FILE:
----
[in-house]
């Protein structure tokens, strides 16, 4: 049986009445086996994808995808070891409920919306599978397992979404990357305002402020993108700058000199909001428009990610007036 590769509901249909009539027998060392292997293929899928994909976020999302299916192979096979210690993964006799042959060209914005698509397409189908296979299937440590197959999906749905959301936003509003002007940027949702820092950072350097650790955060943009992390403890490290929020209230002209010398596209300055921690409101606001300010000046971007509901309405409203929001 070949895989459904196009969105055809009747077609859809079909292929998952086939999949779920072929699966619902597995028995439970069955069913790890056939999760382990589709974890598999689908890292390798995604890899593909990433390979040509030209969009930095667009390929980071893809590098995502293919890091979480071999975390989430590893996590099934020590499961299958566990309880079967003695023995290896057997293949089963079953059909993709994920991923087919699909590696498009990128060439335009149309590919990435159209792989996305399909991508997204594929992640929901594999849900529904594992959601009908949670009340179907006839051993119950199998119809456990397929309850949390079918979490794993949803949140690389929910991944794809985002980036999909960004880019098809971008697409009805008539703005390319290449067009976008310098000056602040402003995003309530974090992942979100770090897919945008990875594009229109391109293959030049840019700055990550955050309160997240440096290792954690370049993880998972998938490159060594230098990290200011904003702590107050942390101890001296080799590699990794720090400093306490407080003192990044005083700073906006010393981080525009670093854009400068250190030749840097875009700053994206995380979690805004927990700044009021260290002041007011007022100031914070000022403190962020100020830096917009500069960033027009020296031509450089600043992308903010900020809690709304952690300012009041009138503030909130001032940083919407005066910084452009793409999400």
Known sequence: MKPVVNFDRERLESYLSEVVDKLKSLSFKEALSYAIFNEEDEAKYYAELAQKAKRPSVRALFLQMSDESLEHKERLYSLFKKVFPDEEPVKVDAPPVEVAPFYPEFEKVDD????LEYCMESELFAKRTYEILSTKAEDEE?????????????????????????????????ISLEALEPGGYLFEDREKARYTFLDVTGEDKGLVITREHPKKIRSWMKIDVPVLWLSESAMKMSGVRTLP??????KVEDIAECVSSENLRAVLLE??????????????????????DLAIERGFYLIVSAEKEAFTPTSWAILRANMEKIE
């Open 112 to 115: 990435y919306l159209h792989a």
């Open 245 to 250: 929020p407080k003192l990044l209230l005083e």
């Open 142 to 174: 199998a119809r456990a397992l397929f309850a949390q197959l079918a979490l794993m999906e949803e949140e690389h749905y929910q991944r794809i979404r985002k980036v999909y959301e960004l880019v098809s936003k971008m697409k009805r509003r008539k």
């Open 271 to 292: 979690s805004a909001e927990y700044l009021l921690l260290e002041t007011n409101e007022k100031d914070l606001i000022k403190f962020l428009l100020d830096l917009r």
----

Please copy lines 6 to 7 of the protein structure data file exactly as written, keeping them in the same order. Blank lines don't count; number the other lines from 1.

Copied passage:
């Open 142 to 174: 199998a119809r456990a397992l397929f309850a949390q197959l079918a979490l794993m999906e949803e949140e690389h749905y929910q991944r794809i979404r985002k980036v999909y959301e960004l880019v098809s936003k971008m697409k009805r509003r008539k």
């Open 271 to 292: 979690s805004a909001e927990y700044l009021l921690l260290e002041t007011n409101e007022k100031d914070l606001i000022k403190f962020l428009l100020d830096l917009r």